Tom Cruise has taken a lot of heat for not seeing daughter Suri in the flesh over the past two months, though the two talk on the phone and video chat “at least once a day,” Cruise’s lawyer confirms. This has led some to speculate that perhaps Tom’s visitation with Suri may be extremely limited. Or is it? Following the lead of other states, a new bill before the New Jersey Assembly (Bill No. 2388), will allow telephone, email, texting, video conferencing and other communications technologies, to count as parenting time in some child custody agreements. In other words, if passed, this could mean that Skyping or texting with a child is legitimately viewed as a meaningful — and official — part of a visitation plan, even though the child is not in the parent’s actual physical custody.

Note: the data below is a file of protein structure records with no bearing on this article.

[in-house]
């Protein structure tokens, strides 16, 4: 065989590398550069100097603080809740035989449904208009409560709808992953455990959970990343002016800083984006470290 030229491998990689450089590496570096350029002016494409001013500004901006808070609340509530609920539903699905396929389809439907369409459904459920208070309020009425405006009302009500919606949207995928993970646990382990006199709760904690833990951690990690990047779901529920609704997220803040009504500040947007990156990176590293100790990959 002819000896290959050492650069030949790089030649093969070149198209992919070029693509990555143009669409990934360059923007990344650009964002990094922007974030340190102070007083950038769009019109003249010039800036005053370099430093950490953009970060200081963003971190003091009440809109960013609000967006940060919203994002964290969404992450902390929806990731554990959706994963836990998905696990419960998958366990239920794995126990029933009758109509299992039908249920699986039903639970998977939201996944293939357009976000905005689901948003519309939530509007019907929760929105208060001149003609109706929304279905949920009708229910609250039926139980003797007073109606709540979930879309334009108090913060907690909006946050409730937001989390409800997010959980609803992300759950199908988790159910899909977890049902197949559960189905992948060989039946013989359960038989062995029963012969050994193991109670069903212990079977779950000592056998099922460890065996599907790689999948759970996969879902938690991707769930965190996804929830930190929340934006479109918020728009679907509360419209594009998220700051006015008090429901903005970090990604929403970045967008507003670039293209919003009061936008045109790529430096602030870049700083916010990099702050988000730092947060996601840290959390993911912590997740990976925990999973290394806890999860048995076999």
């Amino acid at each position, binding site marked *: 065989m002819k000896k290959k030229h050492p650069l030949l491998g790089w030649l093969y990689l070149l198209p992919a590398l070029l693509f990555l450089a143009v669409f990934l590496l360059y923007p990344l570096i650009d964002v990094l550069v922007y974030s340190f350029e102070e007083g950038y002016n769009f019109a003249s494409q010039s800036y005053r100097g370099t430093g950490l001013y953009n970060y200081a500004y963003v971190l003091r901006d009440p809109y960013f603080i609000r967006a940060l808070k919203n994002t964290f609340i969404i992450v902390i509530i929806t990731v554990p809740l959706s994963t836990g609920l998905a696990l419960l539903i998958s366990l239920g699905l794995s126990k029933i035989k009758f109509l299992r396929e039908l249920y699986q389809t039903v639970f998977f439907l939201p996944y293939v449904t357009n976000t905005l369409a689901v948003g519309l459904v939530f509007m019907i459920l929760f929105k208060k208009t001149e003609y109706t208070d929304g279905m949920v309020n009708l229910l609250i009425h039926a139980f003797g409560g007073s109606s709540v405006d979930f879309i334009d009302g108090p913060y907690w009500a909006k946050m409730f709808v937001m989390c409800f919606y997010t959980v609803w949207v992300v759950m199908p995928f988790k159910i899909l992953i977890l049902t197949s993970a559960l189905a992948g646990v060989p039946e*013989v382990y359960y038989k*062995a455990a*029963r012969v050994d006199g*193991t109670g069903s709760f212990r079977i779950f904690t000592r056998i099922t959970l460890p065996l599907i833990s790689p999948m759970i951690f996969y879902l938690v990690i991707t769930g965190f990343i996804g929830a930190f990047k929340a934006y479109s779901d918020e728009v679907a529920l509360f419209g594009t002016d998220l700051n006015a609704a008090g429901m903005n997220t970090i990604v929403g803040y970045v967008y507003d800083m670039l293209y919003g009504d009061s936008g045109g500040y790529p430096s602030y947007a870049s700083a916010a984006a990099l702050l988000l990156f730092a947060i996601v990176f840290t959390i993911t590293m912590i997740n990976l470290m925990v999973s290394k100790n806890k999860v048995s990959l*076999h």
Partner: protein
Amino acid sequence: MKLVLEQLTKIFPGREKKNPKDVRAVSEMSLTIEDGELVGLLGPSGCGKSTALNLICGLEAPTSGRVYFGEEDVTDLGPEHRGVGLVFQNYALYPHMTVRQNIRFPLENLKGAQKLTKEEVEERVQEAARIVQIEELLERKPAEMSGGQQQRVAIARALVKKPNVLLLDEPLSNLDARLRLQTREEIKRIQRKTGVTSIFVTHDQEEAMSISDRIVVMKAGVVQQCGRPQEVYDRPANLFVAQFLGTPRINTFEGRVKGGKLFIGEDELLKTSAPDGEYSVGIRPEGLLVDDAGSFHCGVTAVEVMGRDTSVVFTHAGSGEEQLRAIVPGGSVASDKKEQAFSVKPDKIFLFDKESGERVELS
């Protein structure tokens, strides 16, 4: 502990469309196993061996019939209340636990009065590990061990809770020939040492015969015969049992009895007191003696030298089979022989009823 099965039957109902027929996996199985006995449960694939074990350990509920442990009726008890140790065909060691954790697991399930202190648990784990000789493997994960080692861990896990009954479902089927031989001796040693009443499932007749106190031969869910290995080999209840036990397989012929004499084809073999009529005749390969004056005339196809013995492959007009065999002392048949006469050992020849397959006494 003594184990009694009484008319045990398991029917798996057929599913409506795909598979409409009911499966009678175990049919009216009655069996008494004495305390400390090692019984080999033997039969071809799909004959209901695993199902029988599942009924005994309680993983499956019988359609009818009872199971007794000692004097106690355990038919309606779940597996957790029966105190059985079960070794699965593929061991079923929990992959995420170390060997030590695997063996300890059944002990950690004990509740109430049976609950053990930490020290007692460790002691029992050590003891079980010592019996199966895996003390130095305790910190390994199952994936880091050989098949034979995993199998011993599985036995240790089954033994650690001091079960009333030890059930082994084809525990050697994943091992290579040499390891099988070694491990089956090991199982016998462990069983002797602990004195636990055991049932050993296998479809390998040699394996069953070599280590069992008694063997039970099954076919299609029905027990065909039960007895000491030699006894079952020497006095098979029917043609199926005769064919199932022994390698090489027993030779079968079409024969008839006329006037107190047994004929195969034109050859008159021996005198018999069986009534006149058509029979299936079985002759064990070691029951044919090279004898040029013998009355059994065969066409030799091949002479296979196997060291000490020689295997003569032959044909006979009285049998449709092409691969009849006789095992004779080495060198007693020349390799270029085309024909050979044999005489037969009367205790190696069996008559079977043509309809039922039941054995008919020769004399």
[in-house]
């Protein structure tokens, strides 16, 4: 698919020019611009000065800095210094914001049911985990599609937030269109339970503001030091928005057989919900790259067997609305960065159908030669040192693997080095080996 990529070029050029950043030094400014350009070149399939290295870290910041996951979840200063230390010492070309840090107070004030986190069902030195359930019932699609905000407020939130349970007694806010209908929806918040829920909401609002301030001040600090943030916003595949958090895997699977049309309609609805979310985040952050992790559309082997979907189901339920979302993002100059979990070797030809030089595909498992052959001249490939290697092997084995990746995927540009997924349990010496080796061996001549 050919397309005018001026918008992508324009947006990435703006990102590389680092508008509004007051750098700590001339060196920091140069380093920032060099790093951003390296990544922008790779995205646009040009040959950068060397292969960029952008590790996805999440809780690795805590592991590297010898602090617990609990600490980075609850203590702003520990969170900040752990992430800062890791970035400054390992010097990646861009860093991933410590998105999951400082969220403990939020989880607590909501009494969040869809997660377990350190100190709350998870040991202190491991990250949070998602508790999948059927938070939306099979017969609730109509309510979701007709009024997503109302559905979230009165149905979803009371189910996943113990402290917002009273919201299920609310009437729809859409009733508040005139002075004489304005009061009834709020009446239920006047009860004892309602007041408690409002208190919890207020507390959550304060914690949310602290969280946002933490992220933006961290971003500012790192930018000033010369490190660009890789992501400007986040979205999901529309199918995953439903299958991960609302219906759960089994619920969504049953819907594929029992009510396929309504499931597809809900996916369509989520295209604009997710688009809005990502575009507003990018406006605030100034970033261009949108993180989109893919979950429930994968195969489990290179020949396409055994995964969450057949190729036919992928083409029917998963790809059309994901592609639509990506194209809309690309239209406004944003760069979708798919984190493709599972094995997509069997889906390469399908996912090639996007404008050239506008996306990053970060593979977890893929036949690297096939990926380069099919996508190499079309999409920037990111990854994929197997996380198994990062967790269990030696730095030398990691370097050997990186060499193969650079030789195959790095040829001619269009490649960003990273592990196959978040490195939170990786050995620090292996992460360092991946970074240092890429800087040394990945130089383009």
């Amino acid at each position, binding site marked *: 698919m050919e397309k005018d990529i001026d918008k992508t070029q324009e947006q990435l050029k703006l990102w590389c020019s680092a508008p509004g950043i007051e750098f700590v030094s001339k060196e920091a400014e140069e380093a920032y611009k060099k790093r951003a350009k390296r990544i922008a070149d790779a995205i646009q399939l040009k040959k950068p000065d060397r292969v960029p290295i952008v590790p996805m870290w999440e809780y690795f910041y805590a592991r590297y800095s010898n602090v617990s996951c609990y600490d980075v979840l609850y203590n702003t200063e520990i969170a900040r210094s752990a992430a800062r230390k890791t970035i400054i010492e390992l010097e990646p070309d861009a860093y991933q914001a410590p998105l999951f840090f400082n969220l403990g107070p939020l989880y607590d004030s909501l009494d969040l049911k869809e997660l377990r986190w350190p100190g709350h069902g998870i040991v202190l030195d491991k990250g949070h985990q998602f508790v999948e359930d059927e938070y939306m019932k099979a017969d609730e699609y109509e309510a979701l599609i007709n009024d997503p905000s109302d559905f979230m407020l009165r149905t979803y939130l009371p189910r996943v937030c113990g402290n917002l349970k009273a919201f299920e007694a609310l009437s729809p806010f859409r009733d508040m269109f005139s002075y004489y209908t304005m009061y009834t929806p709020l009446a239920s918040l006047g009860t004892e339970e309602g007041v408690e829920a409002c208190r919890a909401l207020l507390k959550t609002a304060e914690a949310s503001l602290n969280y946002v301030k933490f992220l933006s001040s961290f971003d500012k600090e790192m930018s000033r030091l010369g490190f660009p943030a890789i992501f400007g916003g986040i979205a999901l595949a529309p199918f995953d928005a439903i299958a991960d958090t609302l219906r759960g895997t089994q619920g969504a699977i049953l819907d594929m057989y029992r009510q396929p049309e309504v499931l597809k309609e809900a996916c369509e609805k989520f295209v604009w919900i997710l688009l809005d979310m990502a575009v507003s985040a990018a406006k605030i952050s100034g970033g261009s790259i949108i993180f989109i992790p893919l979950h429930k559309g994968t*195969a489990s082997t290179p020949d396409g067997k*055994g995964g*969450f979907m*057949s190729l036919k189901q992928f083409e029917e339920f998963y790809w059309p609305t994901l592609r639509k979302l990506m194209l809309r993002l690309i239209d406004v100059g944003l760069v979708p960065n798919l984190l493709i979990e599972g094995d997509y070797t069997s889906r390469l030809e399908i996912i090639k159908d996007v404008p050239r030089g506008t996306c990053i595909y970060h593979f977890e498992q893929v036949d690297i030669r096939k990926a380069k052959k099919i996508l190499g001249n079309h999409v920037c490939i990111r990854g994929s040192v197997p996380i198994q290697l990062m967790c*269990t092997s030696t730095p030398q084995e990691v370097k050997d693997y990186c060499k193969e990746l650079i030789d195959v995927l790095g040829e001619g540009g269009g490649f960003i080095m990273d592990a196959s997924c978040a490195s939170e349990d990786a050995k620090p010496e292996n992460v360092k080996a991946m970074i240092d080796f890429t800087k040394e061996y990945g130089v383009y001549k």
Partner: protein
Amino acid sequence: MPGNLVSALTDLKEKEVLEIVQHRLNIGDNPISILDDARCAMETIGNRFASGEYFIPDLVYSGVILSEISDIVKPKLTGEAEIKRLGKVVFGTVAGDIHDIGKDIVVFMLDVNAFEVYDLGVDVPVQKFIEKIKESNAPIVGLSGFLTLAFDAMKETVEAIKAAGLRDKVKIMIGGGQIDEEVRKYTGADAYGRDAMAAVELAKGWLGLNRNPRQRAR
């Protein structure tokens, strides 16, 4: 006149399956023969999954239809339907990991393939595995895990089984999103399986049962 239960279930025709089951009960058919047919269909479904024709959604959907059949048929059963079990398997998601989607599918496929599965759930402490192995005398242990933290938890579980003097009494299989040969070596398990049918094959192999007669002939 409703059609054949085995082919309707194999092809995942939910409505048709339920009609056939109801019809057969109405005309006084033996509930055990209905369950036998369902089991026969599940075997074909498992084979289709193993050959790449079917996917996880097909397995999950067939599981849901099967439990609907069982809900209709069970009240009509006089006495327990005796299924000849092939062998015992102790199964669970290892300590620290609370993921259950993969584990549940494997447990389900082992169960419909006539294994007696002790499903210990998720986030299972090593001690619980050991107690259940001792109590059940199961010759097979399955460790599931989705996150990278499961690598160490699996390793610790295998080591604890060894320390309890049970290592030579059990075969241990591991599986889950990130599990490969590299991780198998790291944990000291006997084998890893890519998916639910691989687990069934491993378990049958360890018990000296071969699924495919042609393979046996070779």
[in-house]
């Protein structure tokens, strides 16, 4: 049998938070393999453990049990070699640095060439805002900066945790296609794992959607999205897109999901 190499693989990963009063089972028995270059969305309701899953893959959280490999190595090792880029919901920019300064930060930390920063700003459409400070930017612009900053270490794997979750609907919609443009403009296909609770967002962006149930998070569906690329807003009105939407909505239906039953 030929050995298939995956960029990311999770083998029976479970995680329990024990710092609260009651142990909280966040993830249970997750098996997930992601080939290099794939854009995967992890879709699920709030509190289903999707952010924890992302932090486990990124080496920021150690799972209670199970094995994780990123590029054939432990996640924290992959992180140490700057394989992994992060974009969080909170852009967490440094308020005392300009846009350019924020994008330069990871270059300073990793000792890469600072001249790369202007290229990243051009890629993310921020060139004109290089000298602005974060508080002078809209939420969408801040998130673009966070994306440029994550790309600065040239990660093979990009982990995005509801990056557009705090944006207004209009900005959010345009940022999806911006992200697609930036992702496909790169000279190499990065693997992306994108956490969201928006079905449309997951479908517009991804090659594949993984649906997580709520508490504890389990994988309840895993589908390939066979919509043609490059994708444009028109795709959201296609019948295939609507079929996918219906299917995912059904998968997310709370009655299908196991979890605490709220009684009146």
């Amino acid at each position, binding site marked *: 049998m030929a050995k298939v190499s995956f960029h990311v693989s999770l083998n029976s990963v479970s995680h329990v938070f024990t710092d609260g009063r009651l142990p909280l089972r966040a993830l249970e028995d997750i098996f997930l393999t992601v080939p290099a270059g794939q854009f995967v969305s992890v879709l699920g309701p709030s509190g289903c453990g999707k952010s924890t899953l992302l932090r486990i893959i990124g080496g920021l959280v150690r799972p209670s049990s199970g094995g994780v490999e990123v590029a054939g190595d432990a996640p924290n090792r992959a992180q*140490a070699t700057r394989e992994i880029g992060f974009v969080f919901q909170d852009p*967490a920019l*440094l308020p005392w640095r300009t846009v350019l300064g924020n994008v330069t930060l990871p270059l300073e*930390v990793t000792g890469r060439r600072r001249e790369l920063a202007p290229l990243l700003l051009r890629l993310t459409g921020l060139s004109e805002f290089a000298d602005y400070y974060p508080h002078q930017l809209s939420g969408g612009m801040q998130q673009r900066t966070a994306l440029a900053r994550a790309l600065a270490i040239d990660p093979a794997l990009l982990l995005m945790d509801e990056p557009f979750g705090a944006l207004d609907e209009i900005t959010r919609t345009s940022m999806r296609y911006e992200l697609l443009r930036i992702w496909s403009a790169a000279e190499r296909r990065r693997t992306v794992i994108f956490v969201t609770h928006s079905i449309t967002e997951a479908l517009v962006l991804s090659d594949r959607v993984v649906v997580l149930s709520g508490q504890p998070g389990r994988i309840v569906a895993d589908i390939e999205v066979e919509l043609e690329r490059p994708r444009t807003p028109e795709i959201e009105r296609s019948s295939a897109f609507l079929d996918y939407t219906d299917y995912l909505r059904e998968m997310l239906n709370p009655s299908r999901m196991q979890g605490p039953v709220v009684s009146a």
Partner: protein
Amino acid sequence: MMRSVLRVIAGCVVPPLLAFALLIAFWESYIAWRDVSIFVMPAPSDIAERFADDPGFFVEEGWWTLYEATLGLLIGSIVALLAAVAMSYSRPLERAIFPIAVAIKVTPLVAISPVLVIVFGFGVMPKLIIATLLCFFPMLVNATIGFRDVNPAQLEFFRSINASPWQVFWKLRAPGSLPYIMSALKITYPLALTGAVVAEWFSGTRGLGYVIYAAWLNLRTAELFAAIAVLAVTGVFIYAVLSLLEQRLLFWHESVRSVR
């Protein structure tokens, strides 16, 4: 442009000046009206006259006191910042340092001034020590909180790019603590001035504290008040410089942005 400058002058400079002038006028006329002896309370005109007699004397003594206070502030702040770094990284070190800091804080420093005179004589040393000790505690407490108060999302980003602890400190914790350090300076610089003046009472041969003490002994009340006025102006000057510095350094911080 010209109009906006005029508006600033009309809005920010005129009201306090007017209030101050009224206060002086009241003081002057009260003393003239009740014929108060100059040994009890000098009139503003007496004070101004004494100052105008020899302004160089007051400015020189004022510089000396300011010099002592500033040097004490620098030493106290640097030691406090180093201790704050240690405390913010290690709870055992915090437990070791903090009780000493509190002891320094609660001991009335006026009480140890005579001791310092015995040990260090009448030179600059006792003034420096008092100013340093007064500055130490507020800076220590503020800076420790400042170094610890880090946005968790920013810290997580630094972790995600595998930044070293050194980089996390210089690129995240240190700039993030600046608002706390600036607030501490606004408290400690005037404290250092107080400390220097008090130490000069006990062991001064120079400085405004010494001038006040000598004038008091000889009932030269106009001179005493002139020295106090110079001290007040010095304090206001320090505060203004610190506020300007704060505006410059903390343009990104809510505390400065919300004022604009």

Is the bill a good idea? In certain circumstances, such as when one parent’s work schedule or military obligations disrupts their ability to spend time in-person with their child, regular 20-minute Skype chats or scheduled 10-minute text sessions may be exactly what’s needed to keep the parent-child bond intact until more in-person time can be worked out.
But the new bill also raises some practical concerns. Will some parents try to have text time and phone calls written into custody plans out of convenience, rather than necessity? Who pays for the technology used to communicate? And what about the primary custodial parent who relies on that time when they can have their child supervised by the other parent? Just because a child is sitting in his bedroom Skyping with his parent, doesn’t mean the custodial parent can leave the house.
Do you consider phone calls and texts to be as meaningful as in-person parenting time? Are there ever circumstances where this might be appropriate?